PLR & ELR for all print books and authors

**This post has been updated with new information for indie authors March 2023

For those who don’t know what these acronyms stand for, they are public lending rights and educational lending rights. I’m not an expert but I’m going to unpack a little about what these are, who needs them, and what next. To speak to an actual expert on this, call 1800 672 842.

Australian Lending Right Schemes (ELR/PLR)

Australian book publishers or creators—authors, illustrators, editors, translators and compilers—can be compensated for the loss of income through the free multiple use of their work in Australian public and educational lending libraries.’

Who needs it?

Anyone with a print or ebook in an Australian public or educational library, which has an ISBN and is in circulation (check out the official website for ebook claims which is new). This means traditionally published authors, self-published authors and small press authors.

What is it?

Public Lending Rights are what the government pays you for your book to be in libraries where people borrow the book for free which in turn could could have been a sale you missed out on. In order to fix this potential shortfall for the author, the government pays you an amount for each edition of your book for a number of years.

Educational Lending Rights is the same as above but for school libraries, TAFE libraries, etc. 

These payments vary depending on how many copies you have available, how many borrows, etc. You can start claiming PLR and ELR once your book has passed one year in the library but if you’re not sure about timing or if your book is eligible, my advice is to punch in all of your ISBNs to the claim form and see what happens. Payments can vary from a few hundred dollars to several thousand dollars and it only takes about half an hour to do the claim once a year before the end of March.

For the indie authors (self-published) or small press authors who don’t have books in circulation, you should. In indie circles we always say ‘don’t leave any money on the table’ and this includes PLR and ELR. But you have to do it properly. There are books and guides out there to help with the hows (I’ve listed a few below). Don’t just go to your local library and donate books. If you do this, they may end up on a free or gold coin donation table and will not be in circulation. The library staff have to scan them into the system which is why you have to do it properly. I’ll include some resources but if you’re not sure, pop in and have a chat with your librarians. As an author, you should be making friends with libraries. They can be great for helping you to find readers, holding books launches and signings, even workshops and festivals.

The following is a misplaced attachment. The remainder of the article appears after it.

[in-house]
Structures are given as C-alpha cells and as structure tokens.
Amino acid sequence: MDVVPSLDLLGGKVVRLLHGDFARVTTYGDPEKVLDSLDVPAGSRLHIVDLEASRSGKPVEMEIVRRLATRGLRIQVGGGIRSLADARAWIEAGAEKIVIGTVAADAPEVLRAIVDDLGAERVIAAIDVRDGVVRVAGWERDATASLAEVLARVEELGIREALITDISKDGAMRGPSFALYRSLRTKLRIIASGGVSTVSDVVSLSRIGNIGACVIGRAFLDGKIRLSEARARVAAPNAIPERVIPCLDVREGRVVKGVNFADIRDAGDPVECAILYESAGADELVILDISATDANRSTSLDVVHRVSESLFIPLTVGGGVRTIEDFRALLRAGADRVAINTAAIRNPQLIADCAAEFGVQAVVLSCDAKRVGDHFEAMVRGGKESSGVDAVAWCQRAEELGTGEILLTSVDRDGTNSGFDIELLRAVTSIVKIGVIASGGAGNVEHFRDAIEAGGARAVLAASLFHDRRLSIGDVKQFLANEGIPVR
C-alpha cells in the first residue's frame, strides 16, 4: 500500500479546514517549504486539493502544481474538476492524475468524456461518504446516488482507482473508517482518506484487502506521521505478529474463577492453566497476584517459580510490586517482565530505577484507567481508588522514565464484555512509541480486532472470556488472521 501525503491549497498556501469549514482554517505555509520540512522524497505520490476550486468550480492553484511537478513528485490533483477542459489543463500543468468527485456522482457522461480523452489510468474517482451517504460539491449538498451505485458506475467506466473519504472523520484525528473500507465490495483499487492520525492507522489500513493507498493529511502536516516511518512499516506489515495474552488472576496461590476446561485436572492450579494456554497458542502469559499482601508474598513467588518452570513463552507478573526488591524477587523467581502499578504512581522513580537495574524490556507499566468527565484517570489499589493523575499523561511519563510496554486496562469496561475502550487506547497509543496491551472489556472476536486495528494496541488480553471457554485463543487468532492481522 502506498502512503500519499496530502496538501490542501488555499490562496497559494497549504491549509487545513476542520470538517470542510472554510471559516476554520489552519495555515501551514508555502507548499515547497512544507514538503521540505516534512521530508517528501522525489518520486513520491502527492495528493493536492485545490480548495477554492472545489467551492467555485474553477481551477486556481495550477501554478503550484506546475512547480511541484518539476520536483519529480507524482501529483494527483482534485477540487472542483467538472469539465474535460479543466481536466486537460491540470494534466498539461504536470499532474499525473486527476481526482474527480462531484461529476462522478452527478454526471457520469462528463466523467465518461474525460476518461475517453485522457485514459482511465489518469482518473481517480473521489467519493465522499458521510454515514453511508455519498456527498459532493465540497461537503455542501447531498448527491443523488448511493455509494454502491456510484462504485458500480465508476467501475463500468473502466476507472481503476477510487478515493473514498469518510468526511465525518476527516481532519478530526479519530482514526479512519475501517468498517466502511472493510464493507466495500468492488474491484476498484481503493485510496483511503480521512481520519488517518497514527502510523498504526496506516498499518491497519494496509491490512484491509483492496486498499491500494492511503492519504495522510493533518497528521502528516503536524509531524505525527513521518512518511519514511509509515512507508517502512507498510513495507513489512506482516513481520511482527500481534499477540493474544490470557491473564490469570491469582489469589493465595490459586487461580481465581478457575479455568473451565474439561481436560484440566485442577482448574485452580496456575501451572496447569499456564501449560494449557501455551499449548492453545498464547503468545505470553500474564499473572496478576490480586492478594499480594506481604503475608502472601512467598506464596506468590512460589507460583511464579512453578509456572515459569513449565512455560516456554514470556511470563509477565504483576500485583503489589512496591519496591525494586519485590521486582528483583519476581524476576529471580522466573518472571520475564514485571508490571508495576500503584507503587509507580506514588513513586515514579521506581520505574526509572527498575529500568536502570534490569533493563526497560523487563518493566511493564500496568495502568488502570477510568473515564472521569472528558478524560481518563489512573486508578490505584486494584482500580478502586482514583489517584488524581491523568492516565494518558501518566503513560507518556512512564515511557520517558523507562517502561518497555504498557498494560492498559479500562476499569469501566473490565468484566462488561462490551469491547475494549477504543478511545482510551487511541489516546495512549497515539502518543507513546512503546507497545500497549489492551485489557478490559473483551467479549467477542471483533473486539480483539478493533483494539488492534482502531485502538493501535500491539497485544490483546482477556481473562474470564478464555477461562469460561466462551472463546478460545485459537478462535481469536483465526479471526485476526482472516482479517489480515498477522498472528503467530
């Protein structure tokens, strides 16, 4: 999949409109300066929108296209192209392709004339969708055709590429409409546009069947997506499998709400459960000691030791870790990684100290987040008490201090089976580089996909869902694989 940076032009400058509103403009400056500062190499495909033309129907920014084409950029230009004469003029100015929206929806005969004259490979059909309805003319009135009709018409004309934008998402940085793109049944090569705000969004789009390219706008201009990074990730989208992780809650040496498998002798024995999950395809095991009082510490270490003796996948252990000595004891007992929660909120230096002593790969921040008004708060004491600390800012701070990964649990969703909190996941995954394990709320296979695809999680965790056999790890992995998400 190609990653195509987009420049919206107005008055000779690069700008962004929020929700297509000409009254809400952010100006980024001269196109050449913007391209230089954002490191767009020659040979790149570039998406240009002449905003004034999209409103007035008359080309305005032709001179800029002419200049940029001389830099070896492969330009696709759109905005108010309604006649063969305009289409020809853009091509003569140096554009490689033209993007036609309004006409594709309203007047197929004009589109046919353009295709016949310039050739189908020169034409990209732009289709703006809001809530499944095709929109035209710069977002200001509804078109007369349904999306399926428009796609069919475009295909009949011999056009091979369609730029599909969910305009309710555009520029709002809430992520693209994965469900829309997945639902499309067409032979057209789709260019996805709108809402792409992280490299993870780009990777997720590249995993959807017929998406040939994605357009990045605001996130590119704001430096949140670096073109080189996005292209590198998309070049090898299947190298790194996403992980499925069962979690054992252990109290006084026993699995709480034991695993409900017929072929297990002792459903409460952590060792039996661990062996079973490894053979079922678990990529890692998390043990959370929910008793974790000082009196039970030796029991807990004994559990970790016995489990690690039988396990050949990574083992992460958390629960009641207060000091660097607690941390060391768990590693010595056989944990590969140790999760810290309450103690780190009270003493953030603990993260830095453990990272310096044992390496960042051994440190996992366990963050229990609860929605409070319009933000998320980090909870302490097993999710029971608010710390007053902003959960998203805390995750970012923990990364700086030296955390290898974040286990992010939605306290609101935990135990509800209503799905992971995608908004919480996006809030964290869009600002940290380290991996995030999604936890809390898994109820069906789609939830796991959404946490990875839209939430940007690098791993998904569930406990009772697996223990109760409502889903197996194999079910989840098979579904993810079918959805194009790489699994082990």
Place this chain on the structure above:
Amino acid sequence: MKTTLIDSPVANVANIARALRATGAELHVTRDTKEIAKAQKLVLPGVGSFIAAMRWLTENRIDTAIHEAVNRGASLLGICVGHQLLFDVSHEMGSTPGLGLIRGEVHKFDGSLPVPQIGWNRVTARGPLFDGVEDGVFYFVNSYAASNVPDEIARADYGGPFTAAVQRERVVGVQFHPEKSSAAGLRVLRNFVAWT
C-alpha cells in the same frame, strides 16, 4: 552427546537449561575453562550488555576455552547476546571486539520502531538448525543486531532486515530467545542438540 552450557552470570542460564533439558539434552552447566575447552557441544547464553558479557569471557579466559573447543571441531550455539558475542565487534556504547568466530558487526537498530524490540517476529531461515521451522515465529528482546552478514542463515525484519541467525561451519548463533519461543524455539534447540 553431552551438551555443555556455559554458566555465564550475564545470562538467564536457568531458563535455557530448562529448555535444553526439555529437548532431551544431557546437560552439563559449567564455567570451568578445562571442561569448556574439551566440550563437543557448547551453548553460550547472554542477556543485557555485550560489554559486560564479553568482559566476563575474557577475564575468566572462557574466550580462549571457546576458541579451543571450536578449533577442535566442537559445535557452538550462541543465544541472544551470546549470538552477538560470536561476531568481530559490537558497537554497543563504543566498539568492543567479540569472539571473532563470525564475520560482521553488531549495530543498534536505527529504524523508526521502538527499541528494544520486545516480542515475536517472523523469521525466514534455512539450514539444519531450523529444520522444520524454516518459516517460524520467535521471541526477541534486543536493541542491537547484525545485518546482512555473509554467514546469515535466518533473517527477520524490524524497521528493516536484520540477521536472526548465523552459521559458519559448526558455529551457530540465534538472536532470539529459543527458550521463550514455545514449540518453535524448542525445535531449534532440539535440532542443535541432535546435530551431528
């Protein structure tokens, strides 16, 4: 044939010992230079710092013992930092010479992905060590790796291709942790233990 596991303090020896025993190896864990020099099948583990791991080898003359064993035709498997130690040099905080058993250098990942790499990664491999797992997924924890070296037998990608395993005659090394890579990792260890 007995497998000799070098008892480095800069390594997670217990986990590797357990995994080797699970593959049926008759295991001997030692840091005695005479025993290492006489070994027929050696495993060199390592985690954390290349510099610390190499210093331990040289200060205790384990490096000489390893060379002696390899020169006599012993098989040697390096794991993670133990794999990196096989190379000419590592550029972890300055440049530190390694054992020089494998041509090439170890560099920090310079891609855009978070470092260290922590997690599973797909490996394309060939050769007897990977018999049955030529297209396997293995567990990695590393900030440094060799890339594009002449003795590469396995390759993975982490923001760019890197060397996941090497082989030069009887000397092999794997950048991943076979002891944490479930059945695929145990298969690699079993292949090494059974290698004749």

**New information for self-published indie authors**

Indie authors can now claim as the creator and the publisher but you have to get in contact with the good folks at the PLR office to get the paperwork to register as the publisher (phone number at the top of this post). They’ll then link your profile and you can submit separate claims for your indie books, essentially dipping into the pot twice. You claim 100% if you’re the sole publisher and author. Not 50% on each claim, 100% on each claim.

For collaborations or anthologies in print, you will have to take care to list the other authors and what percentage you’re entitled to. If it’s a duology, then it would be 50%. Four books in one by four different authors 25%, and so on.

What next?

I go to my library’s digital catalogue and search my name. This will show you what’s in circulation but you’re better off adding a claim for each and every ISBN. If you’re with a large publisher, you might not know that your book came out in large print or Braille just for examples. That’s why you should search your name in the database. Record the ISBNs for each different book AND format. You can claim for the same title in it’s different formats, ie, large print and paperback and hardback. That’s three separate lines on the electronic form. You can not claim for ebooks yet (coming later in 2023). Ebooks are issued an ASIN and not an ISBN and they’re not included at the time of this post.

Final words.

This is where you’ll find all the information:

You have to create a login and run through your bank account details for payment which is usually mid-late June. If you have any trouble at all with the page, give them a call on the number on the website. They’re really helpful and lovely. For the authors with Australian agents, you might want to have a chat with your agent about whether they expect to claim their portion of this payment. In my experience, not many do but I’m sure they’ll have a system in place.

Further resources (unvetted)

Info sheets:

Because I’m not an expert, please call 1800 672 842 if you have questions about the scheme or any issues making your yearly claim. This payment is income so it is taxable.

Bronwyn Tilley – Writers SA Operations Manager

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